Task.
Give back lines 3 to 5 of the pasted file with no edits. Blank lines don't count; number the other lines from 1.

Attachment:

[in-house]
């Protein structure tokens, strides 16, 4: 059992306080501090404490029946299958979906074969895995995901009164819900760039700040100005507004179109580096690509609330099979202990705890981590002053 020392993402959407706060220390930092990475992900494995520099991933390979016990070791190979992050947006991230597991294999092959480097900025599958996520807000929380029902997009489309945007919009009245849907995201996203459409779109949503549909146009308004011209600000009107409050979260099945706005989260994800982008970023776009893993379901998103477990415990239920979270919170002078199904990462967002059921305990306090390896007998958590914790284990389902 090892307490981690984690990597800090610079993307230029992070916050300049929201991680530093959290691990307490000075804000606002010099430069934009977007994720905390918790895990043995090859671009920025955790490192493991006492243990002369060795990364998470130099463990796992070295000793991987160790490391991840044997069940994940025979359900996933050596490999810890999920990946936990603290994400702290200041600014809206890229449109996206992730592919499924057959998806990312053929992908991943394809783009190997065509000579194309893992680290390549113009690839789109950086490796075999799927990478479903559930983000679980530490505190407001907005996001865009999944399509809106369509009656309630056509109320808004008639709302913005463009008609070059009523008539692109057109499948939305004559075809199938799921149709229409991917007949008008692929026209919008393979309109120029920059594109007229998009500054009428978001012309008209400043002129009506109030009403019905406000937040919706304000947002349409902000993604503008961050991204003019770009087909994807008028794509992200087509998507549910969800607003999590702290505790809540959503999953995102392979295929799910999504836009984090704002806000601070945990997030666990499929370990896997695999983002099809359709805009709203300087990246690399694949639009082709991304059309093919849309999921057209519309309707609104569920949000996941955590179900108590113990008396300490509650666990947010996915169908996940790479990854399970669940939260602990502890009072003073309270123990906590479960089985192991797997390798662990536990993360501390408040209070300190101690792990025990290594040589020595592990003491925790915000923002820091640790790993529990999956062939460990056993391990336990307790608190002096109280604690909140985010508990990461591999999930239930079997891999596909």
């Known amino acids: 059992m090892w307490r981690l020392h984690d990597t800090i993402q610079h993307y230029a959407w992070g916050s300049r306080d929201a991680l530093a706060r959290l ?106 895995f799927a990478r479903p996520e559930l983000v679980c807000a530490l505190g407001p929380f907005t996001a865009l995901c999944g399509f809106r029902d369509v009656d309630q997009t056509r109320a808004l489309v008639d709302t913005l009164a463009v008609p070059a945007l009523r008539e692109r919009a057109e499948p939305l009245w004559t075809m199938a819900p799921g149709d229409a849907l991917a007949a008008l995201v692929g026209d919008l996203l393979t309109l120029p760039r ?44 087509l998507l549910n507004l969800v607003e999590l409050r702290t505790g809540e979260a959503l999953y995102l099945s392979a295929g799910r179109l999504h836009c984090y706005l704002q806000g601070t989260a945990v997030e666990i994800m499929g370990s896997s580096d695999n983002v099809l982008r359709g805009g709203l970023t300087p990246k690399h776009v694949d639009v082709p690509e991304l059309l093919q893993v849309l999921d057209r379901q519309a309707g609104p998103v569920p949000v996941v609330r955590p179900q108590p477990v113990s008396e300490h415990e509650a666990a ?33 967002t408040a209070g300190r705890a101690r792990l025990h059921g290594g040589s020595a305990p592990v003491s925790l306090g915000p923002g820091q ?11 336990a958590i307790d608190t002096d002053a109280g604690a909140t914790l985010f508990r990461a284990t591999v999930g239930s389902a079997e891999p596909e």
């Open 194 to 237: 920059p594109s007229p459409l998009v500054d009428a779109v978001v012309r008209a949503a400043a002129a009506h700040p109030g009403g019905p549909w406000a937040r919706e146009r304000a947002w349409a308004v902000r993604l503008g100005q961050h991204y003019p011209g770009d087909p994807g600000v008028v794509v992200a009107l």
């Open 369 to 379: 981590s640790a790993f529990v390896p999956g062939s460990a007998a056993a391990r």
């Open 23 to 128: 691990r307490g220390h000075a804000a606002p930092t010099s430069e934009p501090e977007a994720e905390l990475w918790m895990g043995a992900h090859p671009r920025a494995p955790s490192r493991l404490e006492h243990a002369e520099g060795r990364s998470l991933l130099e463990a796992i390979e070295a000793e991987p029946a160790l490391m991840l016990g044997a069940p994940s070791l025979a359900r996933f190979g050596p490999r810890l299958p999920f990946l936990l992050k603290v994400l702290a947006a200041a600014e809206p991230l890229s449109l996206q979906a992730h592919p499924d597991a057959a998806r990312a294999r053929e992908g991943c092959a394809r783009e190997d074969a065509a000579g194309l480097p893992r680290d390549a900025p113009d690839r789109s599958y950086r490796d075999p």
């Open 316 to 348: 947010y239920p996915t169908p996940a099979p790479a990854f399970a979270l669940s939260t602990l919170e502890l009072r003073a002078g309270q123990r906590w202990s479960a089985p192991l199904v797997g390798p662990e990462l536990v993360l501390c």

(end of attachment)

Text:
């Known amino acids: 059992m090892w307490r981690l020392h984690d990597t800090i993402q610079h993307y230029a959407w992070g916050s300049r306080d929201a991680l530093a706060r959290l ?106 895995f799927a990478r479903p996520e559930l983000v679980c807000a530490l505190g407001p929380f907005t996001a865009l995901c999944g399509f809106r029902d369509v009656d309630q997009t056509r109320a808004l489309v008639d709302t913005l009164a463009v008609p070059a945007l009523r008539e692109r919009a057109e499948p939305l009245w004559t075809m199938a819900p799921g149709d229409a849907l991917a007949a008008l995201v692929g026209d919008l996203l393979t309109l120029p760039r ?44 087509l998507l549910n507004l969800v607003e999590l409050r702290t505790g809540e979260a959503l999953y995102l099945s392979a295929g799910r179109l999504h836009c984090y706005l704002q806000g601070t989260a945990v997030e666990i994800m499929g370990s896997s580096d695999n983002v099809l982008r359709g805009g709203l970023t300087p990246k690399h776009v694949d639009v082709p690509e991304l059309l093919q893993v849309l999921d057209r379901q519309a309707g609104p998103v569920p949000v996941v609330r955590p179900q108590p477990v113990s008396e300490h415990e509650a666990a ?33 967002t408040a209070g300190r705890a101690r792990l025990h059921g290594g040589s020595a305990p592990v003491s925790l306090g915000p923002g820091q ?11 336990a958590i307790d608190t002096d002053a109280g604690a909140t914790l985010f508990r990461a284990t591999v999930g239930s389902a079997e891999p596909e």
């Open 194 to 237: 920059p594109s007229p459409l998009v500054d009428a779109v978001v012309r008209a949503a400043a002129a009506h700040p109030g009403g019905p549909w406000a937040r919706e146009r304000a947002w349409a308004v902000r993604l503008g100005q961050h991204y003019p011209g770009d087909p994807g600000v008028v794509v992200a009107l």
């Open 369 to 379: 981590s640790a790993f529990v390896p999956g062939s460990a007998a056993a391990r």